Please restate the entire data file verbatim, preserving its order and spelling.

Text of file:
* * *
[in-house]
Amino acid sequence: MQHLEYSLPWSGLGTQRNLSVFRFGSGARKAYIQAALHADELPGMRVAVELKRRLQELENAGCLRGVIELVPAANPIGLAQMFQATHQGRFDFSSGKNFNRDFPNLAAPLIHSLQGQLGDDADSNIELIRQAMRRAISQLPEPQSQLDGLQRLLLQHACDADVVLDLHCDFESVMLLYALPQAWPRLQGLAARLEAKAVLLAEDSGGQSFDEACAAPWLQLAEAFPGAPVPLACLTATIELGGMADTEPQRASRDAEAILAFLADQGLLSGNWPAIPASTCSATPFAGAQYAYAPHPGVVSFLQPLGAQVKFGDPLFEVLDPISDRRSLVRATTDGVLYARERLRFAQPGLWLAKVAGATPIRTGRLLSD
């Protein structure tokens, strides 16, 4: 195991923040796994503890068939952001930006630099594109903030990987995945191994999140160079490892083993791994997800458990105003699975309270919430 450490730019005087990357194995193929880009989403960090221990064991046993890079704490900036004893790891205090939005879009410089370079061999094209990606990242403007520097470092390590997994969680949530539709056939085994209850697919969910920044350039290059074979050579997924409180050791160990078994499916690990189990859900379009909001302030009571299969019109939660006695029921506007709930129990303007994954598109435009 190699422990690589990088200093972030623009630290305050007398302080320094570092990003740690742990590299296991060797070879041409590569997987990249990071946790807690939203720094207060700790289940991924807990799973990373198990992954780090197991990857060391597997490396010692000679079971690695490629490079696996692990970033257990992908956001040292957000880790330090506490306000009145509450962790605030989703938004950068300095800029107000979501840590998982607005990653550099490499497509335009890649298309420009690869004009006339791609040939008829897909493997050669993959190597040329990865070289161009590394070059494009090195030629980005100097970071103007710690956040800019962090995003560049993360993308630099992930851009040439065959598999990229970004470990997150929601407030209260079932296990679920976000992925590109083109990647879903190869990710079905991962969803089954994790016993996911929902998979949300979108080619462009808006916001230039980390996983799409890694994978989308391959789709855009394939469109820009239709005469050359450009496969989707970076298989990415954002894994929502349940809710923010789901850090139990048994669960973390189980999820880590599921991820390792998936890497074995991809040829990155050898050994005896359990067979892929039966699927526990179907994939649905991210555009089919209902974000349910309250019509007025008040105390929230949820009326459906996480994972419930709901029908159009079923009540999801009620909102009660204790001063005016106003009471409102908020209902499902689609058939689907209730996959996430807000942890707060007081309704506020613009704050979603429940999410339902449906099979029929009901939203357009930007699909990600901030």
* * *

[in-house]
Amino acid sequence: MQHLEYSLPWSGLGTQRNLSVFRFGSGARKAYIQAALHADELPGMRVAVELKRRLQELENAGCLRGVIELVPAANPIGLAQMFQATHQGRFDFSSGKNFNRDFPNLAAPLIHSLQGQLGDDADSNIELIRQAMRRAISQLPEPQSQLDGLQRLLLQHACDADVVLDLHCDFESVMLLYALPQAWPRLQGLAARLEAKAVLLAEDSGGQSFDEACAAPWLQLAEAFPGAPVPLACLTATIELGGMADTEPQRASRDAEAILAFLADQGLLSGNWPAIPASTCSATPFAGAQYAYAPHPGVVSFLQPLGAQVKFGDPLFEVLDPISDRRSLVRATTDGVLYARERLRFAQPGLWLAKVAGATPIRTGRLLSD
């Protein structure tokens, strides 16, 4: 195991923040796994503890068939952001930006630099594109903030990987995945191994999140160079490892083993791994997800458990105003699975309270919430 450490730019005087990357194995193929880009989403960090221990064991046993890079704490900036004893790891205090939005879009410089370079061999094209990606990242403007520097470092390590997994969680949530539709056939085994209850697919969910920044350039290059074979050579997924409180050791160990078994499916690990189990859900379009909001302030009571299969019109939660006695029921506007709930129990303007994954598109435009 190699422990690589990088200093972030623009630290305050007398302080320094570092990003740690742990590299296991060797070879041409590569997987990249990071946790807690939203720094207060700790289940991924807990799973990373198990992954780090197991990857060391597997490396010692000679079971690695490629490079696996692990970033257990992908956001040292957000880790330090506490306000009145509450962790605030989703938004950068300095800029107000979501840590998982607005990653550099490499497509335009890649298309420009690869004009006339791609040939008829897909493997050669993959190597040329990865070289161009590394070059494009090195030629980005100097970071103007710690956040800019962090995003560049993360993308630099992930851009040439065959598999990229970004470990997150929601407030209260079932296990679920976000992925590109083109990647879903190869990710079905991962969803089954994790016993996911929902998979949300979108080619462009808006916001230039980390996983799409890694994978989308391959789709855009394939469109820009239709005469050359450009496969989707970076298989990415954002894994929502349940809710923010789901850090139990048994669960973390189980999820880590599921991820390792998936890497074995991809040829990155050898050994005896359990067979892929039966699927526990179907994939649905991210555009089919209902974000349910309250019509007025008040105390929230949820009326459906996480994972419930709901029908159009079923009540999801009620909102009660204790001063005016106003009471409102908020209902499902689609058939689907209730996959996430807000942890707060007081309704506020613009704050979603429940999410339902449906099979029929009901939203357009930007699909990600901030």